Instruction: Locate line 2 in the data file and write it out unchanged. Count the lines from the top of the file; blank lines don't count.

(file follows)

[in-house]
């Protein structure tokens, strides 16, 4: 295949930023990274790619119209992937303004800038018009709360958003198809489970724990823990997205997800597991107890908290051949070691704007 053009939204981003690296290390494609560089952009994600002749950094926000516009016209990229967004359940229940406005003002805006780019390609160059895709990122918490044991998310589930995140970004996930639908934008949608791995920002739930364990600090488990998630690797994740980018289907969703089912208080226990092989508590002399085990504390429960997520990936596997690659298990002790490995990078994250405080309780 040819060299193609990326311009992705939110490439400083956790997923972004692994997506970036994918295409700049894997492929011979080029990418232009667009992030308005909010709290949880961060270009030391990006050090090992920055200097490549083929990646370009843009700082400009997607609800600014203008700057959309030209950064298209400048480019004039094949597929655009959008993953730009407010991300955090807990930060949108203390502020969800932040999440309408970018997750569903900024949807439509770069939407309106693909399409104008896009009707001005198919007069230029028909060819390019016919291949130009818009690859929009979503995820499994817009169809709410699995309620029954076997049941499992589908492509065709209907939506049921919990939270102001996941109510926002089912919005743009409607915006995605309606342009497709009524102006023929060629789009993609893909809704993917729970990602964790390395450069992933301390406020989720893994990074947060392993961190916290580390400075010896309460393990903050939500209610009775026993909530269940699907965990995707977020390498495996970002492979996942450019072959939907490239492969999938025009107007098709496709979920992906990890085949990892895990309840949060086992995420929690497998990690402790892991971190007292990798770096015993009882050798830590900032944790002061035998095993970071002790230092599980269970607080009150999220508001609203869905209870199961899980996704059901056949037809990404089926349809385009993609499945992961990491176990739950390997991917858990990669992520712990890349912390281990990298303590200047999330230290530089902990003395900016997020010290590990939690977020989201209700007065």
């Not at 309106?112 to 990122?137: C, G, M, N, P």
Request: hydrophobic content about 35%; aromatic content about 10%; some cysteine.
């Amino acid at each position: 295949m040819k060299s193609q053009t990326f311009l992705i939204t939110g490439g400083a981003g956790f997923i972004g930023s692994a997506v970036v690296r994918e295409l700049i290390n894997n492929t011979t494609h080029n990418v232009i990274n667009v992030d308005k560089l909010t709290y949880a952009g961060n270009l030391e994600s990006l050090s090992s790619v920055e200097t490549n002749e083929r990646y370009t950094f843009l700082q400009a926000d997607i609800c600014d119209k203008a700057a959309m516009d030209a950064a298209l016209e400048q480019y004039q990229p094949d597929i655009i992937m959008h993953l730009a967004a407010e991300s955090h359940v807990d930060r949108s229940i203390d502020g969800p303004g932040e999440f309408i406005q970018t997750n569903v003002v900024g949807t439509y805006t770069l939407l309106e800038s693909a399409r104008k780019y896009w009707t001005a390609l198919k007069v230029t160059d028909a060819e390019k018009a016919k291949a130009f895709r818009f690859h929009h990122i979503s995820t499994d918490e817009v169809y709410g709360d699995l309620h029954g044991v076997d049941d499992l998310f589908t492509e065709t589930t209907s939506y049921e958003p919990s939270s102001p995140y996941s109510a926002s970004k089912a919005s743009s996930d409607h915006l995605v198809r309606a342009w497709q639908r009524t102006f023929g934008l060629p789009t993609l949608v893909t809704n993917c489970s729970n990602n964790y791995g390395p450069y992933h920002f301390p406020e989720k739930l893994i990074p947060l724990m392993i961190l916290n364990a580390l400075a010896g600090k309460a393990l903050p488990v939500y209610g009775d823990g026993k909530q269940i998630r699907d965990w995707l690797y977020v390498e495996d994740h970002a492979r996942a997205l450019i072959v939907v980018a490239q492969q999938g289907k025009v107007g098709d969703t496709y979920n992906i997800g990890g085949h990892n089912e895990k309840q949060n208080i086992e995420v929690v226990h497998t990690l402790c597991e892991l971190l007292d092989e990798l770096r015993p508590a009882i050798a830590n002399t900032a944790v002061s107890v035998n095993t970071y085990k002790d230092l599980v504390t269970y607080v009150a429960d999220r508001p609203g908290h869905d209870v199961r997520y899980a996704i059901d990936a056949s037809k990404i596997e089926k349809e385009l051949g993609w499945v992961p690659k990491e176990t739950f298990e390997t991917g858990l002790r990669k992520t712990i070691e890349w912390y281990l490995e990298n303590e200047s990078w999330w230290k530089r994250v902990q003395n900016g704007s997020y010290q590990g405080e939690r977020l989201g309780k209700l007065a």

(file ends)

């Protein structure tokens, strides 16, 4: 295949930023990274790619119209992937303004800038018009709360958003198809489970724990823990997205997800597991107890908290051949070691704007 053009939204981003690296290390494609560089952009994600002749950094926000516009016209990229967004359940229940406005003002805006780019390609160059895709990122918490044991998310589930995140970004996930639908934008949608791995920002739930364990600090488990998630690797994740980018289907969703089912208080226990092989508590002399085990504390429960997520990936596997690659298990002790490995990078994250405080309780 040819060299193609990326311009992705939110490439400083956790997923972004692994997506970036994918295409700049894997492929011979080029990418232009667009992030308005909010709290949880961060270009030391990006050090090992920055200097490549083929990646370009843009700082400009997607609800600014203008700057959309030209950064298209400048480019004039094949597929655009959008993953730009407010991300955090807990930060949108203390502020969800932040999440309408970018997750569903900024949807439509770069939407309106693909399409104008896009009707001005198919007069230029028909060819390019016919291949130009818009690859929009979503995820499994817009169809709410699995309620029954076997049941499992589908492509065709209907939506049921919990939270102001996941109510926002089912919005743009409607915006995605309606342009497709009524102006023929060629789009993609893909809704993917729970990602964790390395450069992933301390406020989720893994990074947060392993961190916290580390400075010896309460393990903050939500209610009775026993909530269940699907965990995707977020390498495996970002492979996942450019072959939907490239492969999938025009107007098709496709979920992906990890085949990892895990309840949060086992995420929690497998990690402790892991971190007292990798770096015993009882050798830590900032944790002061035998095993970071002790230092599980269970607080009150999220508001609203869905209870199961899980996704059901056949037809990404089926349809385009993609499945992961990491176990739950390997991917858990990669992520712990890349912390281990990298303590200047999330230290530089902990003395900016997020010290590990939690977020989201209700007065």